Really the only downside of this approach is you have to leave a person-based application running all the time to get the e-mail. But if you have an extra PC somewhere or don’t mind owning an extra app running on your desktop, it’s an adaptable, reliable, easy win.
Gmvault: Gmvault is really a slick group of Python scripts which will operate on Windows, Mac, and Linux and supplies a variety of capabilities, including backing increase your entire Gmail archive and simply enabling you to move all of that email to a different Gmail account. Yep, this can be a workable solution for easily moving mail between accounts.
What’s nice about Gmvault is the fact it’s a command-line script, to help you easily schedule it and simply allow it to run without too much overhead. Also you can use it on one machine to backup numerous accounts. Finally, it stores in multiple formats, including standard ones like .mbx that can be managed in traditional email clients like Thunderbird. Oh, and it’s open source and free.
Upsafe: Another free tool is Upsafe. Upsafe is Windows-only, but it’s stone-cold simple. All you could do is install this software, connect it in your Gmail, and download. It is going to do incremental downloads as well as allow you to browse your downloaded email and attachments from within the app.
The organization also provides a cloud backup solution, which listed as free, but in addition has a premium backup solution which increases storage beyond 3GB and permits you to select whether your information is stored in america or EU.
Mailstore Home: Another free tool is Mailstore Home. Like Upsafe, Mailstore is Windows-only. The Things I like about Mailstore is that it has business and repair-provider bigger brothers, so should you prefer a backup solution that goes past backing up individual Gmail accounts, this might work nicely for you personally. Additionally, it can backup Exchange, Office 365, along with other IMAP-based email servers.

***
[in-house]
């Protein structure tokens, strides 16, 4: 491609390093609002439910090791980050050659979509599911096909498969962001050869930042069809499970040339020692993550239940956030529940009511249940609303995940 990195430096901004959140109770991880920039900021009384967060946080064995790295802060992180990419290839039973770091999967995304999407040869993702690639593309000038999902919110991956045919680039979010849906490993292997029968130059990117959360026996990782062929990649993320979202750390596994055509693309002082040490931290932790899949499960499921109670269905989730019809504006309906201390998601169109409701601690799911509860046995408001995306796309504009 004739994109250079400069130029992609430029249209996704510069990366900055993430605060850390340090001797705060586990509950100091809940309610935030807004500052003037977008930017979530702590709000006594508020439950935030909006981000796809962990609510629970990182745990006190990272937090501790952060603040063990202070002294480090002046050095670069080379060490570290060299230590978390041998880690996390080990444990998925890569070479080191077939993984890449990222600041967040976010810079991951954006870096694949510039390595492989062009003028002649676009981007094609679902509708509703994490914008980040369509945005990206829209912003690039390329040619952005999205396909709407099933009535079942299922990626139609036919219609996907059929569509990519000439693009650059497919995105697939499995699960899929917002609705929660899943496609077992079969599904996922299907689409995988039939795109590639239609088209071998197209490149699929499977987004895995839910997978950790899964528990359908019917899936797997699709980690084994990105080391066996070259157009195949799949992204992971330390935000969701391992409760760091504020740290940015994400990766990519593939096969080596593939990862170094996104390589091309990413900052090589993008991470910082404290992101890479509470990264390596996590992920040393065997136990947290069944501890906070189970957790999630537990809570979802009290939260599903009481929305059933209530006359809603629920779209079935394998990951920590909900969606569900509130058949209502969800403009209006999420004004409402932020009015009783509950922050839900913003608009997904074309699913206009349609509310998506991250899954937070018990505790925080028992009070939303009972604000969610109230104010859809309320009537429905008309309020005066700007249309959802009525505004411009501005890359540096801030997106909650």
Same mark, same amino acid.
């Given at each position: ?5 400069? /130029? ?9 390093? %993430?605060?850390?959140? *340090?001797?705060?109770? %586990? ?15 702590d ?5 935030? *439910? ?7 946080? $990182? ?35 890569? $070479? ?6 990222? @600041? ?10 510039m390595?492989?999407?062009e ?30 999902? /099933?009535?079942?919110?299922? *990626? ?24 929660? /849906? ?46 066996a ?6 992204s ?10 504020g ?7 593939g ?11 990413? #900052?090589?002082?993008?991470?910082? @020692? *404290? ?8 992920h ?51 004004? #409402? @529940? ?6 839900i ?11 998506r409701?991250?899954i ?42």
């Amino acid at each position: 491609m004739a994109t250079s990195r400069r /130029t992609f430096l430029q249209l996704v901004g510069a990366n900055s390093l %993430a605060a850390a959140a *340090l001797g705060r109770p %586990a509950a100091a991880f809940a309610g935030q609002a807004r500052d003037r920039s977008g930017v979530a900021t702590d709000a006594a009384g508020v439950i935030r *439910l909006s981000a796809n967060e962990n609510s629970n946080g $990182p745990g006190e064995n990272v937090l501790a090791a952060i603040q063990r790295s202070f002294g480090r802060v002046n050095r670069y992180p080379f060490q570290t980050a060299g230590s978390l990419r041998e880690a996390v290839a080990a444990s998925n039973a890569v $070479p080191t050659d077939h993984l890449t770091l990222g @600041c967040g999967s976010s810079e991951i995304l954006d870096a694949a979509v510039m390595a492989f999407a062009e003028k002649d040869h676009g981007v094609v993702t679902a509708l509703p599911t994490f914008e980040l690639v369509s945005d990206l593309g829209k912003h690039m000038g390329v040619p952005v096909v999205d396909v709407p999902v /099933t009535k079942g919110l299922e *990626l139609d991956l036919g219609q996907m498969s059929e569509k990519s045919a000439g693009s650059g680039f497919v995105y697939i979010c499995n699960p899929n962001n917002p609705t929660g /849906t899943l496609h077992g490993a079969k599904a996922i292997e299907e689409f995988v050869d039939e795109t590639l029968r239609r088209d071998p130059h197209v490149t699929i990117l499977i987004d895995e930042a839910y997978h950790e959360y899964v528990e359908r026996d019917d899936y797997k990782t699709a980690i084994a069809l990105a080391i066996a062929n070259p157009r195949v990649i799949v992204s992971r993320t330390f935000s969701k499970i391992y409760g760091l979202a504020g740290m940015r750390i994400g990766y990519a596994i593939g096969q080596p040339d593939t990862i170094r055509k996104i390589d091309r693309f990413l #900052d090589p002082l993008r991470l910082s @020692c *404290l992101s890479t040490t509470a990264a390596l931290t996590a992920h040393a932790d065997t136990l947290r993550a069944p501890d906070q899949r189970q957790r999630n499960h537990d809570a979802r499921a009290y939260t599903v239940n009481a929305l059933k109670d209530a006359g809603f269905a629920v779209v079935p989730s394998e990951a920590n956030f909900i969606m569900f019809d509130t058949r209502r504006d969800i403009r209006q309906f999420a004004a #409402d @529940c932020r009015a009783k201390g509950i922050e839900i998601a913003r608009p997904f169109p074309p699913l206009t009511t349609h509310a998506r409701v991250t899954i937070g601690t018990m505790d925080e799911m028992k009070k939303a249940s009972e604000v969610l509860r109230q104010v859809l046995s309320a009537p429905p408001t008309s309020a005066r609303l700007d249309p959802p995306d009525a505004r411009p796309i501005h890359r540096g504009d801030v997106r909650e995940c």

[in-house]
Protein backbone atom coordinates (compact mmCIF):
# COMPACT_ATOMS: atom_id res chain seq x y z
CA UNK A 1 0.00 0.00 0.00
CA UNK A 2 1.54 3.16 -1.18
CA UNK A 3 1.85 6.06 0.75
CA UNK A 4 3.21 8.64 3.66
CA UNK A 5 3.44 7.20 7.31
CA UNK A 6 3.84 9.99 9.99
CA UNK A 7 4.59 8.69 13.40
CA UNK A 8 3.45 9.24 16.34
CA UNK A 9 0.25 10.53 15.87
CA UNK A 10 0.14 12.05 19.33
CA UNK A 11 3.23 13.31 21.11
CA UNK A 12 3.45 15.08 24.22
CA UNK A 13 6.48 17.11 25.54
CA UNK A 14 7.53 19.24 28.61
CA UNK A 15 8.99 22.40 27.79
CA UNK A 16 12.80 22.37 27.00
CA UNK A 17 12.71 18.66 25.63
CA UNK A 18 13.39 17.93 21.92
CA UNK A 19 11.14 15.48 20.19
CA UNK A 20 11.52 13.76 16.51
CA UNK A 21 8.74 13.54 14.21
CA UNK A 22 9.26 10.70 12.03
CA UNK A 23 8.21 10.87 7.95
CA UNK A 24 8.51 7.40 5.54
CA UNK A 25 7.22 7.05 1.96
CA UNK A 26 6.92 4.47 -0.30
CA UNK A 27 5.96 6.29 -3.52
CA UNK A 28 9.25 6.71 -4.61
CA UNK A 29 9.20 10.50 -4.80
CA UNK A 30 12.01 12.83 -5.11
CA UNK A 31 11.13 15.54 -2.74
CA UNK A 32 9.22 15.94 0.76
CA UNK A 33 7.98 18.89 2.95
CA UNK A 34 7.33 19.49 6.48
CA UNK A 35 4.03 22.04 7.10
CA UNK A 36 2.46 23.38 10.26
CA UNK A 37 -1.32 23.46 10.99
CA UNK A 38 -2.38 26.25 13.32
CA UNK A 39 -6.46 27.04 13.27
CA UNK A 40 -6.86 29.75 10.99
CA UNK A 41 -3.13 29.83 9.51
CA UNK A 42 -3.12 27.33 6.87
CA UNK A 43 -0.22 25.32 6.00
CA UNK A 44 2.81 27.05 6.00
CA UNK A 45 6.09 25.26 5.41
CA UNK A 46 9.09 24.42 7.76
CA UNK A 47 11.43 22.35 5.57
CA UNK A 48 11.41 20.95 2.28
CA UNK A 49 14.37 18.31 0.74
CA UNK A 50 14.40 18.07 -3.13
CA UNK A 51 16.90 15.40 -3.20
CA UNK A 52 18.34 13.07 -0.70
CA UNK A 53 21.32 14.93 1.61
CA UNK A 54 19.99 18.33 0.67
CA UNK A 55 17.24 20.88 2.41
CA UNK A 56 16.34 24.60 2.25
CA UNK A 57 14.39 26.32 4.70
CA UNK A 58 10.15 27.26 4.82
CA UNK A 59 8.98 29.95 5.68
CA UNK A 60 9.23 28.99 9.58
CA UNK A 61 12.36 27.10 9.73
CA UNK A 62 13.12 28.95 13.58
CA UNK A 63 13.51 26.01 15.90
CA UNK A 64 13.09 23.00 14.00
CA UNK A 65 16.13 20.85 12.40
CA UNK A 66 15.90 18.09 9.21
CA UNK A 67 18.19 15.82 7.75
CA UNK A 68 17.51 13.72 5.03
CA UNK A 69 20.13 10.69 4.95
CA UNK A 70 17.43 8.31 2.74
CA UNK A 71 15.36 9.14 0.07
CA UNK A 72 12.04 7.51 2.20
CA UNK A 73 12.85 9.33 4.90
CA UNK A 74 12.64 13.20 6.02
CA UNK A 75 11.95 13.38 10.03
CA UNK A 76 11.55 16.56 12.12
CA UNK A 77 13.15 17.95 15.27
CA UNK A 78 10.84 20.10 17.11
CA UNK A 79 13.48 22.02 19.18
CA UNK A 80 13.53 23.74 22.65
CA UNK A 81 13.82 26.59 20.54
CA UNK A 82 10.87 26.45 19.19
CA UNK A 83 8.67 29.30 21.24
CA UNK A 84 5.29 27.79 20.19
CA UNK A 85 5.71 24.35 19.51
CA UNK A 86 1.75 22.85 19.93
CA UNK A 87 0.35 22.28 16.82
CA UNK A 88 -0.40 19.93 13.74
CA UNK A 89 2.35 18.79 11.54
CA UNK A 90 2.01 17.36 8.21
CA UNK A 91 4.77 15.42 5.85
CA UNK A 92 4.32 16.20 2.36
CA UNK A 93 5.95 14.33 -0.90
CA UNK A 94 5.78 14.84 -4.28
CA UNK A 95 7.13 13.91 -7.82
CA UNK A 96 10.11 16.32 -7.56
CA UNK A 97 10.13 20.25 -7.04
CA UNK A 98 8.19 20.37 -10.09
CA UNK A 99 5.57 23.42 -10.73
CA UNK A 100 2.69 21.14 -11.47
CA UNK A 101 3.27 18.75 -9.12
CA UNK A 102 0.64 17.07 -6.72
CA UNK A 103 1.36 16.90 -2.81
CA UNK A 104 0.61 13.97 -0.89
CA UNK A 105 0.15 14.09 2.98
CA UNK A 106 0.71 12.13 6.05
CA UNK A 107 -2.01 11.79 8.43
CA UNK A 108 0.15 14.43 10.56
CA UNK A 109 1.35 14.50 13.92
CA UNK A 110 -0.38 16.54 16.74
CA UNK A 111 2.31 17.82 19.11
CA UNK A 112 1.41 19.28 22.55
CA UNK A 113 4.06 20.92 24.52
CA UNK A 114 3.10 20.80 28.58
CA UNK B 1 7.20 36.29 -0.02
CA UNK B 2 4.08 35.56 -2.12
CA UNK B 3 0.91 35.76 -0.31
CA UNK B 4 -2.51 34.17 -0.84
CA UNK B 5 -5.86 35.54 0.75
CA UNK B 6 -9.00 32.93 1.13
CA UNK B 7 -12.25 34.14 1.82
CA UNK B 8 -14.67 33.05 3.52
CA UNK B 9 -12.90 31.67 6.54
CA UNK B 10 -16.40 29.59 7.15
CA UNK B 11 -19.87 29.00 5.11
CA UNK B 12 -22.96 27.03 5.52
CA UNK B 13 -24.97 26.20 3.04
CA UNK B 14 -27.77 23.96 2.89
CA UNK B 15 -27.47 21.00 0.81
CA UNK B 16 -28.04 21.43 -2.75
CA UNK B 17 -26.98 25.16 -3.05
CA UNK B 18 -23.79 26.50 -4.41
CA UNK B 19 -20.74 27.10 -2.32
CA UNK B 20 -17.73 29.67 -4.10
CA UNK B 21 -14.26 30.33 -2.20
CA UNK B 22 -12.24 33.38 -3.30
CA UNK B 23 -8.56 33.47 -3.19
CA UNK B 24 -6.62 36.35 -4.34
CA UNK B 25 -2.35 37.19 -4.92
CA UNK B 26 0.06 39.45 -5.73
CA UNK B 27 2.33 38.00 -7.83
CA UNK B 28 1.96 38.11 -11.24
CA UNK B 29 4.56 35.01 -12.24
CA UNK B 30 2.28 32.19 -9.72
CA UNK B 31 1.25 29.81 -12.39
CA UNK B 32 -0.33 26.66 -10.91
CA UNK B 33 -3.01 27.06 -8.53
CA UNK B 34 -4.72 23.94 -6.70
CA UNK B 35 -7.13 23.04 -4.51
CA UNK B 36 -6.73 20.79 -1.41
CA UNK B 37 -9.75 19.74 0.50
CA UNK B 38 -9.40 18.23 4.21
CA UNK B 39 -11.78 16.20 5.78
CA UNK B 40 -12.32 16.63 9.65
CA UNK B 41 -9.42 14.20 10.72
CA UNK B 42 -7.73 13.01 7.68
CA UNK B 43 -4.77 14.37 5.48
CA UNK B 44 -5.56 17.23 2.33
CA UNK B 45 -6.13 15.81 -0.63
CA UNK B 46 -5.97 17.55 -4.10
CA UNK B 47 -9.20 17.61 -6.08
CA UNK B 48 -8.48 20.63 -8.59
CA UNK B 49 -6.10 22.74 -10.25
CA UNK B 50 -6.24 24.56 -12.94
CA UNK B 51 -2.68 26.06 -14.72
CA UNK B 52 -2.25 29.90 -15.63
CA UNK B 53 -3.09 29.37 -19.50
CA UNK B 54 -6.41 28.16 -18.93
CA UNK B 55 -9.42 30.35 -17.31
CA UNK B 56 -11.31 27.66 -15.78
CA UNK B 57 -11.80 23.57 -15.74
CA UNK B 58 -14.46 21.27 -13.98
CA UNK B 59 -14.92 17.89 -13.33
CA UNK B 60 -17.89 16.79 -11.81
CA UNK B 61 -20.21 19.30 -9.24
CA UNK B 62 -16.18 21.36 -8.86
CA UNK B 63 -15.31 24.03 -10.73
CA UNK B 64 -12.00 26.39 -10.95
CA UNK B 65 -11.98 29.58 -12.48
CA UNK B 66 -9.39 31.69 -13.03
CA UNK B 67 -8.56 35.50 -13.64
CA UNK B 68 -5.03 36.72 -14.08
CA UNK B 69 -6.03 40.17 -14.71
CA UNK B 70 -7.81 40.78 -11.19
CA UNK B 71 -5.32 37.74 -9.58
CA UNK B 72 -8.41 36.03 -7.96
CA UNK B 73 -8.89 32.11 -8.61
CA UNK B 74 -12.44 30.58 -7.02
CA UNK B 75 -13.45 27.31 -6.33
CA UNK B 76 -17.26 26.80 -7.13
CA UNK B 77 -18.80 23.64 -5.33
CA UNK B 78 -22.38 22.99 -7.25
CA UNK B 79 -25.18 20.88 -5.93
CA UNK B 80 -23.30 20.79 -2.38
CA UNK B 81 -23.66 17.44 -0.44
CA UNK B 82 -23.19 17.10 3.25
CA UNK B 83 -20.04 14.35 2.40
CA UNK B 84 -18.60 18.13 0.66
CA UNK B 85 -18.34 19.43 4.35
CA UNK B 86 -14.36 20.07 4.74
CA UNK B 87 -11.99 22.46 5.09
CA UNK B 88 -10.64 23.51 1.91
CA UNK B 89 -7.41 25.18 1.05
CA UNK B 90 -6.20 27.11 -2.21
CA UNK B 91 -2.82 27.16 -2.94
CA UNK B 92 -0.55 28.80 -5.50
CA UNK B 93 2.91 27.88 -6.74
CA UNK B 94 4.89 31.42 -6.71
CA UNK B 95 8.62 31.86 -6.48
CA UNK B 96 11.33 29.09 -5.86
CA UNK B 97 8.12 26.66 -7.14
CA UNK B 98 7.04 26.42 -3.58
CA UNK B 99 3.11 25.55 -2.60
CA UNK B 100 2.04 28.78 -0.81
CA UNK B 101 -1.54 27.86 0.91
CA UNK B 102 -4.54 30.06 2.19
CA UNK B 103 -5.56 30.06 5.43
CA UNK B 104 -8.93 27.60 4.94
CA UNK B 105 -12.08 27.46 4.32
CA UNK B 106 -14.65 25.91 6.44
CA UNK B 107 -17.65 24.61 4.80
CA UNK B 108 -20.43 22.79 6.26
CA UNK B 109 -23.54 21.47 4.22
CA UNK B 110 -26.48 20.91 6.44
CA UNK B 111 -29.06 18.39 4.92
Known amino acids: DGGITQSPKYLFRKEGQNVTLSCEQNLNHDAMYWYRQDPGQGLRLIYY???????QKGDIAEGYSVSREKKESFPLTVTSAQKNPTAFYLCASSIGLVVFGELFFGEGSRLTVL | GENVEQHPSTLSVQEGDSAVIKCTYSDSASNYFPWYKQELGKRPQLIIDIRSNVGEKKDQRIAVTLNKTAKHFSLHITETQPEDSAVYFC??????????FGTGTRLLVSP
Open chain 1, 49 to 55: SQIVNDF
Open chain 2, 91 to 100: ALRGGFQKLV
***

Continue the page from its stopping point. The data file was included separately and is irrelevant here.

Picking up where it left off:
MailArchiver X: Next, we arrived at MailArchiver X, a $34.95 OS X-based solution. Even though this solution isn’t free, it’s got a couple of interesting things going for it. First, it doesn’t just archive Gmail data, additionally, it archives local email clients too.
Somewhere with a backup disk, I actually have a pile of old Eudora email archives, and that could read them in and back them up. Needless to say, generally if i haven’t needed those messages since 2002, it’s not likely I’ll need them soon. But, hey, it is possible to.
More to the level, MailArchiver X can store your email in many different formats, including PDF and within a FileMaker database. Both of these choices are huge for stuff like discovery proceedings.
If you happen to need so as to do really comprehensive email analysis, and after that deliver email to clients or perhaps a court, developing a FileMaker database of your messages can be quite a win. It’s been updated to become Sierra-compatible. Just try and get version 4. or greater.